Anouma threw in the towel a few days later, on the eve of another summit meeting between the ‘candidates’, in Nouakchott this time, to the disappointment of many who’d seen him as the last rempart of CAF’s independence, the last beacon of resistance in Fifa’s scramble for Africa. Yahya, who’d kept very quiet until then, pulled out of the race as planned. Patrice Motsepe would have no challenger.
But why was Fifa so anxious that this would be the case?
Made by Fifa
Josimar has told elsewhere how Ahmad Ahmad’s ascent to the top of African football was almost entirely Infantino’s doing, from the inception of the Malagasy’s bid to the campaign which reached a climax at the CAF Electoral AGM of Addis Ababa in March 2017, when the previously all-powerful Issa Hayatou was finally unseated.
To start with, Ahmad’s candidacy had been treated with a degree of disdain. Within CAF’s Executive Committee, he was the silent one, barely noticeable and barely noticed. CAF delegates studiously avoided him in the run-up to the election, as being seen with the nondescript Ahmad could be interpreted as a show of disloyalty towards Hayatou. Then, as Infantino worked his magic, votes started to gravitate towards the former pariah, whose eventual triumph was primarily Fifa’s.
Ahmad, however, did not prove quite as pliable as Fifa had hoped he would be, at least not in the last thirteen months of his term, when the ‘puppet’ of Zurich showed signs of wanting to cut off the strings which were held by his manipulators. He’d accepted that Fifa Secretary General Fatma Samoura (whom he knew very well thanks to her five-year stay as a UN official in Madagascar, when he himself was a minister there) run the affairs of his confederation when she was appointed regent (in all but name) of the confederation on 1 August 2019. As Josimar recently revealed, he agreed to cancel Caf’s 1 billion US dollars contract with French broadcasting giant Lagardère at Fifa’s behest. Then he rebelled – after a fashion.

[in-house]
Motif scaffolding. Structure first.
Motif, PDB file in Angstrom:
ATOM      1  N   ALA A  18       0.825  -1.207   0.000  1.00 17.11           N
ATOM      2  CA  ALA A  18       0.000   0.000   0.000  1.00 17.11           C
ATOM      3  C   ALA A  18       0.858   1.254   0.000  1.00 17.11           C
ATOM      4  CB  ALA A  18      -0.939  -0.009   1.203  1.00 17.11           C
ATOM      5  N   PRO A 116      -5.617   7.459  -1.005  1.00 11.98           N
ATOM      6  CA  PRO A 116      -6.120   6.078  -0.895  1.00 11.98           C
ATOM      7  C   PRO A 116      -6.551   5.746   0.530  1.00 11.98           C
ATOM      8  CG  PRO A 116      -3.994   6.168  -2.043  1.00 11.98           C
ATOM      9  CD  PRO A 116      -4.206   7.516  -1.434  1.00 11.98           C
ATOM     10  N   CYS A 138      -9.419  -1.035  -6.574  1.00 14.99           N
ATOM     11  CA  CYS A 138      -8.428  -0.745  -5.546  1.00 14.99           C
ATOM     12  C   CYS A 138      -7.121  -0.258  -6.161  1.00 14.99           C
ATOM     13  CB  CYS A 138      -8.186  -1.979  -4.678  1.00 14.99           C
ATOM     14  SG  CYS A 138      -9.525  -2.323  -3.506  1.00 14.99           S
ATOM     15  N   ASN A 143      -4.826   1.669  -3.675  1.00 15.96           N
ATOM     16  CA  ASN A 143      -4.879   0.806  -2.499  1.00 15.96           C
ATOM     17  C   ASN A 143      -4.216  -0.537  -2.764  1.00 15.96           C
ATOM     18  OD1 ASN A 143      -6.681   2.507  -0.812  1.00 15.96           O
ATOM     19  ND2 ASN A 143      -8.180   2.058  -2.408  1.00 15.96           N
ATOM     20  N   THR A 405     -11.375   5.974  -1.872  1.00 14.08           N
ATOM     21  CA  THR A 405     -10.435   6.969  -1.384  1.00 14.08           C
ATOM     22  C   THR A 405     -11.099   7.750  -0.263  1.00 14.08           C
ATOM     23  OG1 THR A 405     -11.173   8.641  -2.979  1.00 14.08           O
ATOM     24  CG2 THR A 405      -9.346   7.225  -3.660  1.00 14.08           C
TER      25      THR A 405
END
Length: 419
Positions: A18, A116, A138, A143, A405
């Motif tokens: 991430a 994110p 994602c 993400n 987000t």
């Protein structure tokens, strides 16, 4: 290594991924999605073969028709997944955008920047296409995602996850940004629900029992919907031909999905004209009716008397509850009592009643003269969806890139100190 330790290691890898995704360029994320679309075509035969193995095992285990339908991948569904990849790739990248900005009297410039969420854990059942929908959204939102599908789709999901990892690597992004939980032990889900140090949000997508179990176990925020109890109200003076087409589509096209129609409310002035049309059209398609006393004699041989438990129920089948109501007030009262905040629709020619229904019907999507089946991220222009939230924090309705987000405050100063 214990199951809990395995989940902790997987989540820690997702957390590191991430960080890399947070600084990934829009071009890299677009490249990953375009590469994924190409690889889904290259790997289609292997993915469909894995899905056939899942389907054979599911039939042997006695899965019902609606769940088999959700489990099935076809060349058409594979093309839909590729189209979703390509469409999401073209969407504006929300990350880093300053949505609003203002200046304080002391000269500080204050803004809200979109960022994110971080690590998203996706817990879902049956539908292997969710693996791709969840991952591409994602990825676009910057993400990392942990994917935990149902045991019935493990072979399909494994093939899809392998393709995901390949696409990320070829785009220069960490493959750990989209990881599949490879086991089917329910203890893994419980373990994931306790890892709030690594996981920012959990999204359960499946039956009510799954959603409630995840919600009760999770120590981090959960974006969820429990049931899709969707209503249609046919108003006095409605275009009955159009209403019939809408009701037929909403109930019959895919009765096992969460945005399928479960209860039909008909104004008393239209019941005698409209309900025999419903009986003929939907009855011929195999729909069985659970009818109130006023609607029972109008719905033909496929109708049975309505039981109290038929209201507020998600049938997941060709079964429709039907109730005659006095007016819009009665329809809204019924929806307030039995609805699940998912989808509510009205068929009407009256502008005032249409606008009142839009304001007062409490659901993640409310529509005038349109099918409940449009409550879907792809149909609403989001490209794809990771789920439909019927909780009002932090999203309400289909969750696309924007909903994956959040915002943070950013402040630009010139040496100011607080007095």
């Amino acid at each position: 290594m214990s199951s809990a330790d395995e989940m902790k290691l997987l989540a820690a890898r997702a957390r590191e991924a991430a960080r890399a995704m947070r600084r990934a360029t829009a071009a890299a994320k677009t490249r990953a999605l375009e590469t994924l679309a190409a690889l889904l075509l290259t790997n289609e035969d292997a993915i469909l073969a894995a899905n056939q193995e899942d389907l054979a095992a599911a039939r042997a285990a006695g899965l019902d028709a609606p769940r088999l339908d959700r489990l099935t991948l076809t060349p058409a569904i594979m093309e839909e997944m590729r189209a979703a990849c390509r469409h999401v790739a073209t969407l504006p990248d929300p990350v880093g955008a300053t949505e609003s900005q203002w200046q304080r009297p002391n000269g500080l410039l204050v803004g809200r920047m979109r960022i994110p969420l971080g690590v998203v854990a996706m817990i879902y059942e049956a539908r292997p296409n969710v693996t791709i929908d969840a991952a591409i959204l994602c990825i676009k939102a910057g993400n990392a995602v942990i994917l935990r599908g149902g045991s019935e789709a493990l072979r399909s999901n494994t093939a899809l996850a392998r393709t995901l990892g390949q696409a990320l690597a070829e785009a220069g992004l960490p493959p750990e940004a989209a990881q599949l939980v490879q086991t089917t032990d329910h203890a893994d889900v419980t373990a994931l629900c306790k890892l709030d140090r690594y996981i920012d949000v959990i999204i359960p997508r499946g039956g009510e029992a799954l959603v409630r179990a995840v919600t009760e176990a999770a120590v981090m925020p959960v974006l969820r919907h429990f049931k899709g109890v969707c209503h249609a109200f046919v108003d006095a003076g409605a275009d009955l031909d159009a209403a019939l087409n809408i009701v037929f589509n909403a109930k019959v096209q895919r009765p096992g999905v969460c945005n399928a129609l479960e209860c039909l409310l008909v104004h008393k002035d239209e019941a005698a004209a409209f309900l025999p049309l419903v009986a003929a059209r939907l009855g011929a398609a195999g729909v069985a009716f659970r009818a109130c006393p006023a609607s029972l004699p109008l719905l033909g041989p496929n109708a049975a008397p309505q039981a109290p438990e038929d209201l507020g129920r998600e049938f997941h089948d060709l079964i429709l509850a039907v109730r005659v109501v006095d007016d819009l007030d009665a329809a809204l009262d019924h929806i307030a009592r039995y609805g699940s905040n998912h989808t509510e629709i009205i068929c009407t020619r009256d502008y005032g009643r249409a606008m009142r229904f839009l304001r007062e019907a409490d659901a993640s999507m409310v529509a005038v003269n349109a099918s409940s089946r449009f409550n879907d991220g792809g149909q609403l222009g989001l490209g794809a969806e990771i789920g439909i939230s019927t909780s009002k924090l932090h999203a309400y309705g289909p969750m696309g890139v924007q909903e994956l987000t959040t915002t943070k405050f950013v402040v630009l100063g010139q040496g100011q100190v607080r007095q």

Ahmad had become something of an encumbrance in any case. His arrest and questioning by French police in June 2019 – whilst attending Gianni Infantino’s re-election at the head of Fifa – followed revelations by Josimar and others that Caf had cancelled a huge equipment contract with PUMA to hand it to a completely unknown French company with zero experience in that field, a company which happened to be run by a close friend and former French army comrade-at-arms of Loïc Gérand, Ahmad’s personal advisor.
A full dossier on the affair had been passed on to Fifa’s Ethics Committee in March 2019 by Caf’s secretary-general Amr Fahmy, who was to die from cancer one year later, aged just 36. Fahmy was sacked by Ahmad as a result, a sacking which heralded an in-depth purge of Caf’s administration. Fahmy had also included incriminating information about how Ahmad had used Caf money to finance an expensive ‘minor’ (‘Umrah’) pilgrimage to Mecca for Muslim African football officials, including Ahmed Yahyah and Suleiman Waberi, who’ve just been appointed 2nd and 3rd vice-presidents of CAF. These accusations would prove the bedrock on which Fifa’s Adjudication Committee based their decision to ban Ahmad for five years on 23 November 2020, effectively preventing him from being a candidate to his own succession in March 2021.
The delay between the moment when Fifa received the incriminating documents from Fahmy (31 March 2019) and the date at which it formally opened its investigation into Ahmad’s alleged wrongdoings (25 March 2020) seems inordinately long, given Ahmad’s arrest in connection with the affair over nine months previously, and the fact that, judging from Fifa’s final Ethics Committee report, dated October 2020, almost no new evidence had been unearthed by Fifa compared to what medias like Josimar had published when Ahmad was questioned by the French investigators (who we can confirm are still working on this case).